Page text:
Intricate Roman architecture gets the LEGO treatment as well with the Trevi Fountain set, modeled after the famous 18th century landmark at the junction of three streets in Rome. Says artist Rok galin Kobe, “At this small scale, some of its architectural elements, such as balustrades and balconettes, are abstracted by just one LEGO brick. In places where the scale doesn’t allow for finer detail, a trick was used; on the otherwise monochromatic fountain and facade, certain elements are distinguished by color. The gray LEGO bricks represent the bas-reliefs above the statues and the inscription above the arch as well as the whole second design feature, the sea reef. Its gray rocks break the symmetry of the LEGO model, a task accomplished on the original fountain by sculptures.”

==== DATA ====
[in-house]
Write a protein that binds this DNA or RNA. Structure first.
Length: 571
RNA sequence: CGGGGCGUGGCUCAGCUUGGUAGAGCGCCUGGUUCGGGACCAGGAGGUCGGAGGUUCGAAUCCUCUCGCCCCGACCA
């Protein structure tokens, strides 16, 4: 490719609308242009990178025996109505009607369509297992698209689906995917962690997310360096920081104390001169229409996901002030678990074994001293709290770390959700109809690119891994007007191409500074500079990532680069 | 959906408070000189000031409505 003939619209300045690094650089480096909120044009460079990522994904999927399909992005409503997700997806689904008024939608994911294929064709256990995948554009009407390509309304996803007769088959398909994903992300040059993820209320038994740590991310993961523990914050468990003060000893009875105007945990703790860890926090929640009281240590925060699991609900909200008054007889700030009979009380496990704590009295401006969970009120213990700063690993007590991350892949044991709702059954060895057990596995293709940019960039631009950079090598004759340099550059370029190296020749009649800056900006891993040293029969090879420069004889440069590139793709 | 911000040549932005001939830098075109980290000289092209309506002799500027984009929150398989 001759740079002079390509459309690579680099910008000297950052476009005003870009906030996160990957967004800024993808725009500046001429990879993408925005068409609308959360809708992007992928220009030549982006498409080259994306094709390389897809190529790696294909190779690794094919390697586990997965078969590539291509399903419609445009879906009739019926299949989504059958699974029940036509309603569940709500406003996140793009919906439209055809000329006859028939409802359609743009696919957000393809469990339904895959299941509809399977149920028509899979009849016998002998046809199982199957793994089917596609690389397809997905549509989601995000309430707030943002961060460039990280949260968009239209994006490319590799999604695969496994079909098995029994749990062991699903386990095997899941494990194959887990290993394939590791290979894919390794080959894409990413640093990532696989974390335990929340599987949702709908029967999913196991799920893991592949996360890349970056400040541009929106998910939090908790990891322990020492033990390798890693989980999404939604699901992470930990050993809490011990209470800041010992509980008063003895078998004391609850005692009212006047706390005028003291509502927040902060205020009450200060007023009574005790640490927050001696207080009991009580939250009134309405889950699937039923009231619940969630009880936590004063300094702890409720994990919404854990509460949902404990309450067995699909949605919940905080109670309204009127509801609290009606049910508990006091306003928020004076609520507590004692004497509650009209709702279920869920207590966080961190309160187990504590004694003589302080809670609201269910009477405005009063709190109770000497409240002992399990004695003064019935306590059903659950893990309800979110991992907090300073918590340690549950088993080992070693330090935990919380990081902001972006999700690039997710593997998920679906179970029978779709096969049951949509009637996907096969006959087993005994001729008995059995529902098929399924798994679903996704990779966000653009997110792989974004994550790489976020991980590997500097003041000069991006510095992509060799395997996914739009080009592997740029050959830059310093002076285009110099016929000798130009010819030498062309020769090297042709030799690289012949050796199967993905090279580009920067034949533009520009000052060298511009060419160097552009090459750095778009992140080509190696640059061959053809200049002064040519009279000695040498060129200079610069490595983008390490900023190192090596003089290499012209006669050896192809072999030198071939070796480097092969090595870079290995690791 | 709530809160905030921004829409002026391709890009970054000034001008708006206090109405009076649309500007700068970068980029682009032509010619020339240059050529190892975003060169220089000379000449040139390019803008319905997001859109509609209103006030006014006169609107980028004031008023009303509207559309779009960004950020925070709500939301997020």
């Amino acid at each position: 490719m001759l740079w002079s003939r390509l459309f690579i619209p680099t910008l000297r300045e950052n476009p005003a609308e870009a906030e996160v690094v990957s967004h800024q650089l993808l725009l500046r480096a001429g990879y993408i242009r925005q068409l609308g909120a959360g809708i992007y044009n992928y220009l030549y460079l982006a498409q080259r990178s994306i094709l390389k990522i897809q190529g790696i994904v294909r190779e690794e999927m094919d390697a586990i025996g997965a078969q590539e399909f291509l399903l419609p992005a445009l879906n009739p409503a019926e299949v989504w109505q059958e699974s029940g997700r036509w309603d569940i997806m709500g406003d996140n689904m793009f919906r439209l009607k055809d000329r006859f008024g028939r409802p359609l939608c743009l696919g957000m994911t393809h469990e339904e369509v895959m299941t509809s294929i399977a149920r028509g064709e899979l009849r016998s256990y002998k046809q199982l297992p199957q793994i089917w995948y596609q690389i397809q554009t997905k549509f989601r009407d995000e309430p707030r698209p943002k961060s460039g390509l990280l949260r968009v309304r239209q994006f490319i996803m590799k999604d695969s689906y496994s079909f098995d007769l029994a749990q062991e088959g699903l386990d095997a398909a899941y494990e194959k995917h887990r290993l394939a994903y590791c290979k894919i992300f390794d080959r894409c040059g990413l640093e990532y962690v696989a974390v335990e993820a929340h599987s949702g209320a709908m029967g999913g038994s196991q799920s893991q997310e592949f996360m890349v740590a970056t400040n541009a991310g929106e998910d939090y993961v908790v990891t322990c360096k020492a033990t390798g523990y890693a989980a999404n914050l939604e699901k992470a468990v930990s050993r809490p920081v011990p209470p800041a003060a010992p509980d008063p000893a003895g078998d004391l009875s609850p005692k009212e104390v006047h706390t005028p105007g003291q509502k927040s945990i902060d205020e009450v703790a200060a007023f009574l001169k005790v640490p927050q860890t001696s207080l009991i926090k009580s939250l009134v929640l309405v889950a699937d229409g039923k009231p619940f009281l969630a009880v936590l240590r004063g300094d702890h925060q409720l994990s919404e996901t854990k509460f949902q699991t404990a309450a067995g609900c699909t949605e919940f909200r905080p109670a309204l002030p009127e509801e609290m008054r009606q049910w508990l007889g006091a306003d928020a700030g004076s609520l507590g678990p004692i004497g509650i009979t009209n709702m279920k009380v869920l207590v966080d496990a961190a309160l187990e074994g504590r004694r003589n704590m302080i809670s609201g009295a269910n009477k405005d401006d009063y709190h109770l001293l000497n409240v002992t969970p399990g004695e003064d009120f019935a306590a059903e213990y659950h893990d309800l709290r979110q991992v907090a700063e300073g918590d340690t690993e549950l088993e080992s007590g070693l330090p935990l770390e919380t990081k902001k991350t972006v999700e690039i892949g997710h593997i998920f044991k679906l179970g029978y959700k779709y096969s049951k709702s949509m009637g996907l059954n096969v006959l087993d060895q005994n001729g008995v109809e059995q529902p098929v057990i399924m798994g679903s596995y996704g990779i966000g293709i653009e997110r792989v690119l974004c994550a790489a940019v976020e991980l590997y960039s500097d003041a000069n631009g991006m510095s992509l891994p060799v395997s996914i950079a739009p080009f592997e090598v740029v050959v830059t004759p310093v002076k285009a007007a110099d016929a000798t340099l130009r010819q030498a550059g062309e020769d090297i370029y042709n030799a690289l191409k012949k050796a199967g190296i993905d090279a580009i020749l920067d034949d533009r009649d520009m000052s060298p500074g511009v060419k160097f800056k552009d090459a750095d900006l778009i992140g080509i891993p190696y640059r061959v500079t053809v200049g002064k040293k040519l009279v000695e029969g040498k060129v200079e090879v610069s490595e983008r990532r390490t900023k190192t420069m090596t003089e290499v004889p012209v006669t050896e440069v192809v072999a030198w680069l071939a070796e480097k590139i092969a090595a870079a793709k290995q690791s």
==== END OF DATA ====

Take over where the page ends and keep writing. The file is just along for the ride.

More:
The Empire State Building
Completed in 1931, the Empire State Building was built incredibly quickly at 4 1/2 floors per week and remained the tallest building in the world until 1972, when the World Trade Center opened. The LEGO model “uses unique building techniques to accurate represent the shifting geometry as the building rises in height. Half stud construction, Technic pieces and placement of ‘jUmper Plates’ were both needed at several locations.”
Beyond the official LEGO set, the Empire State Building has been built by fans many times, including at a large scale measuring over 4 feet tall by artist Sean Kenney. His version, commissioned as the centerpiece of the Empire State BUilding’s new gift shop, is made of over 13,000 LEGO bricks.
LEGO opened up a store in New York City’s Rockefeller Center, so it’s no surprise that the company chose this urban landmark as the basis of one of its architectural building sets. The blocky 1930s cluster of towers is a fairly straightforward build, not requiring too many alterations from the standard LEGO bricks.
Calling it an “extraordinary union of art, engineering and meticulous craftsmanship,” LEGO miniaturizes the 200-story Burj Khalifa using a single Technic three-bladed rotor propeller at the base to build upward, capturing all of those triangles and Y-shapes using square bricks.